The most obvious schizoid personality disorder symptoms are social withdrawal and a lack of emotional responsiveness. According to the Encyclopedia of Mental Disorders (2010), this is the least commonly diagnosed personality disorder, affecting roughly 1 percent of the population. It is more prevalent in men than in women.
Schizoid personality disorder is part of the schizophrenic spectrum, which includes schizotypal personality disorder and schizophrenia. However, schizoid personality disorder symptoms don’t include the delusions or paranoia associated with schizophrenia. People with schizoid personality disorder may be detached from other people, but they are still connected to reality.
What is Schizoid Personality Disorder?
Individuals with schizoid personality disorder appears aloof and typically have little to no interest in social relationships. They may appear to be extremely shy and avoid large groups of people. Someone with schizoid personality disorder may be described as a “loner.”
Schizoid personality disorder patients commonly appear dull and uninterested in what’s going on around them. These individuals have a difficult time expressing emotion–particularly anger–and may appear to be self-absorbed, lacking in concern for others. They tend to speak and move slowly.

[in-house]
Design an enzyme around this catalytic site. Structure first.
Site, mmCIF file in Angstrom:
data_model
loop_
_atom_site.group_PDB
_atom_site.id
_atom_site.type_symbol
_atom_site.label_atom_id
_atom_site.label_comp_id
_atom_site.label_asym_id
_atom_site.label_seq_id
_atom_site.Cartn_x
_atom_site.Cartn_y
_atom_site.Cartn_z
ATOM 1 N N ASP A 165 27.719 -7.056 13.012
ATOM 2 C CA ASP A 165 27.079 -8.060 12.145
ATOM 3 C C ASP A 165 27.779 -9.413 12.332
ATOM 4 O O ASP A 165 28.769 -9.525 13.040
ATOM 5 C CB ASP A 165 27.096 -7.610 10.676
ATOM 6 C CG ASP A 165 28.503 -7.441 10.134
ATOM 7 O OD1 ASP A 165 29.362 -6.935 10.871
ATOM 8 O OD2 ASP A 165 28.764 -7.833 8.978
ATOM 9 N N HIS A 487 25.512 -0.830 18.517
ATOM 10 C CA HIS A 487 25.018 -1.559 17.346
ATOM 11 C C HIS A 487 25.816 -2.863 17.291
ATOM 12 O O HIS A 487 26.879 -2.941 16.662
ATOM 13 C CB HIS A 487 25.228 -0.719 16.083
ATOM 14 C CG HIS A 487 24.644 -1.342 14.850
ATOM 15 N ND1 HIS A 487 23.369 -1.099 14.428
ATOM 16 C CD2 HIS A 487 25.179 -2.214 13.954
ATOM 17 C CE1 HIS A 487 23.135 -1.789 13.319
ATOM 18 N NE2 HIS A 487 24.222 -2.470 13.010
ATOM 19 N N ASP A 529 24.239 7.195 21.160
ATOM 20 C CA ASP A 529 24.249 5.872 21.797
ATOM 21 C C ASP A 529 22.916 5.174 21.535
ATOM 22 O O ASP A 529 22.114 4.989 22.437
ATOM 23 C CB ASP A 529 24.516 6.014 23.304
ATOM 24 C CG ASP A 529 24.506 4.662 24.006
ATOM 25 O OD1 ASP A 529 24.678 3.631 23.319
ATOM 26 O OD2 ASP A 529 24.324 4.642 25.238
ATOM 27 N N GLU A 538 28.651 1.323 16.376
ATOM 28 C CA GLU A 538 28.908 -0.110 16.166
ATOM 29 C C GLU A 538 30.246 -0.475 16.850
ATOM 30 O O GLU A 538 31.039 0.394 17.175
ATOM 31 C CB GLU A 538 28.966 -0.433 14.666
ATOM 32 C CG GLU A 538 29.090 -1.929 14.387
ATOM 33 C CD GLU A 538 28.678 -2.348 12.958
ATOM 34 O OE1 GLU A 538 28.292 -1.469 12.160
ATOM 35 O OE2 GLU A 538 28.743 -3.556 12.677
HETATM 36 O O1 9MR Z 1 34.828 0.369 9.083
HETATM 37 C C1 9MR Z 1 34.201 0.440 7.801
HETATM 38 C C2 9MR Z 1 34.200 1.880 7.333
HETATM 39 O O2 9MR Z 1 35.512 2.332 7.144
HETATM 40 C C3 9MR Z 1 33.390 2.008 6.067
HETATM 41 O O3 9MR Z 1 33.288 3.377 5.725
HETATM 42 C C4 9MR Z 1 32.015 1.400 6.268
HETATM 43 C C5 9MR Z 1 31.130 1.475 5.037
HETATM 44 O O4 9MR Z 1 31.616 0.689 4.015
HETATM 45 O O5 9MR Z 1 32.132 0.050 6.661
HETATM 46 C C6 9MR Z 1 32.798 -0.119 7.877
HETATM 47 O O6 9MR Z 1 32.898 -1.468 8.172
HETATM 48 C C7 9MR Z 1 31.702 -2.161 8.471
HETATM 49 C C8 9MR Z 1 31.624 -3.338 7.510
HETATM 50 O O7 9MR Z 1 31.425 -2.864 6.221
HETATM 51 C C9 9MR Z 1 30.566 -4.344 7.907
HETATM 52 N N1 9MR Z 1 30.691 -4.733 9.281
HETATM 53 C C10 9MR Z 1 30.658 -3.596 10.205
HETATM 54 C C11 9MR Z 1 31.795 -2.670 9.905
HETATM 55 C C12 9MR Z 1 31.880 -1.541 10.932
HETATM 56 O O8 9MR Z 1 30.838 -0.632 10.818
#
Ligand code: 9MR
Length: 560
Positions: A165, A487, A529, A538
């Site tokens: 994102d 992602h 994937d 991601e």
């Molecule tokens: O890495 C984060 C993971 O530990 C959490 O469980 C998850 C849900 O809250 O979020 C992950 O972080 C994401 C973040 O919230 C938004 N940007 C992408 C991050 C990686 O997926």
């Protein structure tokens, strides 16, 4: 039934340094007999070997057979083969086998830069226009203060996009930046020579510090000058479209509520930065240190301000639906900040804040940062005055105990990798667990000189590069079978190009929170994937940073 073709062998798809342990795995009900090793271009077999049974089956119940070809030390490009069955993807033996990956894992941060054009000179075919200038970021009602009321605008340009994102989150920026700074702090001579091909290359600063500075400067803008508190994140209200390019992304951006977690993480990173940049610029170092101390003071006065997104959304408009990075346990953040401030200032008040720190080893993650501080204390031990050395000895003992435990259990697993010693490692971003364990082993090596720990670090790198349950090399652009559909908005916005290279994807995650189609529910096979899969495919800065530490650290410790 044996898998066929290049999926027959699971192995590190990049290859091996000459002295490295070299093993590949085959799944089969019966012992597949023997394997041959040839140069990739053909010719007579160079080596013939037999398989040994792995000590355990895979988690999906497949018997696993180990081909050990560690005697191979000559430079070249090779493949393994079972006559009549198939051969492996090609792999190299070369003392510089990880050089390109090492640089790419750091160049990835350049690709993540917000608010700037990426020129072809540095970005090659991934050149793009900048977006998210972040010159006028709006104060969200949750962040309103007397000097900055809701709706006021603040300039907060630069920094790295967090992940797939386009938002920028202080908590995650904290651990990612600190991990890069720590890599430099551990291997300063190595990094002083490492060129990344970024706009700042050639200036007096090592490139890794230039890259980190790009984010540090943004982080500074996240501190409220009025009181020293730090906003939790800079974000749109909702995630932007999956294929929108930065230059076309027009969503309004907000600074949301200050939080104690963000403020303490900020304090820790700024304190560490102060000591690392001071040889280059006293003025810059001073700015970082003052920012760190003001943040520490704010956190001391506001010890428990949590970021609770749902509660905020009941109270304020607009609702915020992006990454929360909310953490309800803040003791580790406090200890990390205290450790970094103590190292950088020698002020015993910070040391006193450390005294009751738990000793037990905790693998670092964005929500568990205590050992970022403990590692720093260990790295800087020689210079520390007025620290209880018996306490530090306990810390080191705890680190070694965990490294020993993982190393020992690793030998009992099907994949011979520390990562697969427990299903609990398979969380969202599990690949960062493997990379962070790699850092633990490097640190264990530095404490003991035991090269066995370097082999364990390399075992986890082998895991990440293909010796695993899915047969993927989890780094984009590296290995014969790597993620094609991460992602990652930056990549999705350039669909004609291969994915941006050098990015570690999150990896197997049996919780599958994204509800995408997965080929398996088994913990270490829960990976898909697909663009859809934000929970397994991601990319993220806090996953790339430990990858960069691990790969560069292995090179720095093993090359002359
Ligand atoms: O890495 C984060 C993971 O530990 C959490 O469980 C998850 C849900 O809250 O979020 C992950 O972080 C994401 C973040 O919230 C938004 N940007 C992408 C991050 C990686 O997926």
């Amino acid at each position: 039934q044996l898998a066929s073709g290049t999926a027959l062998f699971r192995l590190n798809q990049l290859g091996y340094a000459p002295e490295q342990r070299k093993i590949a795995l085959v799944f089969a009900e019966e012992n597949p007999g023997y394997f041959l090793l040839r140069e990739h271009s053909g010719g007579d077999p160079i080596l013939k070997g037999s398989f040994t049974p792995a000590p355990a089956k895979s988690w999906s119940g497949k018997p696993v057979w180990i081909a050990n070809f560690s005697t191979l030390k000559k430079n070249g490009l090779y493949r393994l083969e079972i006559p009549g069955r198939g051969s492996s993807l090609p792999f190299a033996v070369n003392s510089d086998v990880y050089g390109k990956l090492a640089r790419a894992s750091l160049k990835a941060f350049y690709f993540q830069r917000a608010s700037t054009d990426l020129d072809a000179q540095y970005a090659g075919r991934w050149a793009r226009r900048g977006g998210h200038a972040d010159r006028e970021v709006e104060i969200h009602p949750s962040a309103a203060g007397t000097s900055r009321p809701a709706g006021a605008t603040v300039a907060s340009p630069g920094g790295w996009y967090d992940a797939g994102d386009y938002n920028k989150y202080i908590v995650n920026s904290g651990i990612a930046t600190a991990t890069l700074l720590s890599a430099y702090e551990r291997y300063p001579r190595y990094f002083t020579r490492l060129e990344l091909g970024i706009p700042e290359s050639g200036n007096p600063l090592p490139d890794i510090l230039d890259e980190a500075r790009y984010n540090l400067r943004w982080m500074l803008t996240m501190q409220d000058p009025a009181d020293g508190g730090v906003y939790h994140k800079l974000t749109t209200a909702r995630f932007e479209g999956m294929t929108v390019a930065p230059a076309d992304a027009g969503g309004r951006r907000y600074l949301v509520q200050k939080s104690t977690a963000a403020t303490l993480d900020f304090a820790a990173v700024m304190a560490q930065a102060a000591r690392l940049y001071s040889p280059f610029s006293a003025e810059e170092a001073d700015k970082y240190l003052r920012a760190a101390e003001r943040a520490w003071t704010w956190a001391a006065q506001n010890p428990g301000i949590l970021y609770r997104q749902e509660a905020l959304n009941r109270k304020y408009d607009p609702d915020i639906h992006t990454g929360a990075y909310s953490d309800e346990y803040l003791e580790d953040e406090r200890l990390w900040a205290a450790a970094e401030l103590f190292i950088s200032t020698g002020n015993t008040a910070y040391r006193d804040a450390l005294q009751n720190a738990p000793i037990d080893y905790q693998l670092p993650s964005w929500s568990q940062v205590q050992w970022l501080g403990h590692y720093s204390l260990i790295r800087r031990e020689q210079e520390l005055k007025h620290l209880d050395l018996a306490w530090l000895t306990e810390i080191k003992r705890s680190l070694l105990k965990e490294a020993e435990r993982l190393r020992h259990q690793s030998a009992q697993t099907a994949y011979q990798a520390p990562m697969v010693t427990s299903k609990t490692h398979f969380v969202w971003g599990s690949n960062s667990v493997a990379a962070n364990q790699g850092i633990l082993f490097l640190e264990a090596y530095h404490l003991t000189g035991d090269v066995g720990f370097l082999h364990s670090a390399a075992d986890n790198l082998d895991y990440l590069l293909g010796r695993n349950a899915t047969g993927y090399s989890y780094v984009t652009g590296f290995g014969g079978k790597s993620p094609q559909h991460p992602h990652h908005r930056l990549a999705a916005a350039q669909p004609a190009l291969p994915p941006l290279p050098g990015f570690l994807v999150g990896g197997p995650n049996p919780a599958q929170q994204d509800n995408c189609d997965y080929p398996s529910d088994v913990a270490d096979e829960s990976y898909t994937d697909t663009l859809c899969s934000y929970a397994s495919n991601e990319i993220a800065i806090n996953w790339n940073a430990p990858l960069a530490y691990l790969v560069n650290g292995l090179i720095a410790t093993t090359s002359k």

Despite these social difficulties, an individual with schizoid personality disorder may get married. However, this relationship is usually difficult, as the individual is unable to connect intimately and often has little to no interest in sexual relations due to the personality disorder. Schizoid personality disorder may also contribute to problems in the workplace, as people with this disorder don’t function well in environments that require social interaction.
Signs of Schizoid Personality Disorder
The seven key schizoid personality traits include:
- Absence of pleasure in most activities
- Avoidance of sexual relations
- Emotional detachment
- Few close relationships
- Indifference to both praise and criticism
- Lack of close friends
- Preference of solitude.
In addition to the main signs of schizoid personality disorder, the following schizoid personality traits may also be present:
- Difficulty responding to normal social cues
- Dull or indifferent appearance
- Feelings of discomfort or restlessness
- Quiet, inexpressive demeanor
- Tendency to follow rather than lead in a group setting
- Underperformance at work or in school.
Although symptoms can appear as early as childhood, schizoid personality disorder is only diagnosed in adults. Schizoid personality disorder symptoms tend to be strongest in young adults, easing in intensity as a person ages.
Encyclopedia of Mental Health. (2010). Schizoid personality disorder. Retrieved October 14, 2010, from http://www.minddisorders.com/Py-Z/Schizoid-personality-disorder.html
Grohol, J. M. (2010). Schizoid personality disorder. Retrieved October 14, 2010, from http://psychcentral.com/disorders/sx30.htm
Mayo Clinic. (2008). Schizoid personality disorder. Retrieved October 14, 2010, from http://www.mayoclinic.com/health/schizoid-personality-disorder/DS00865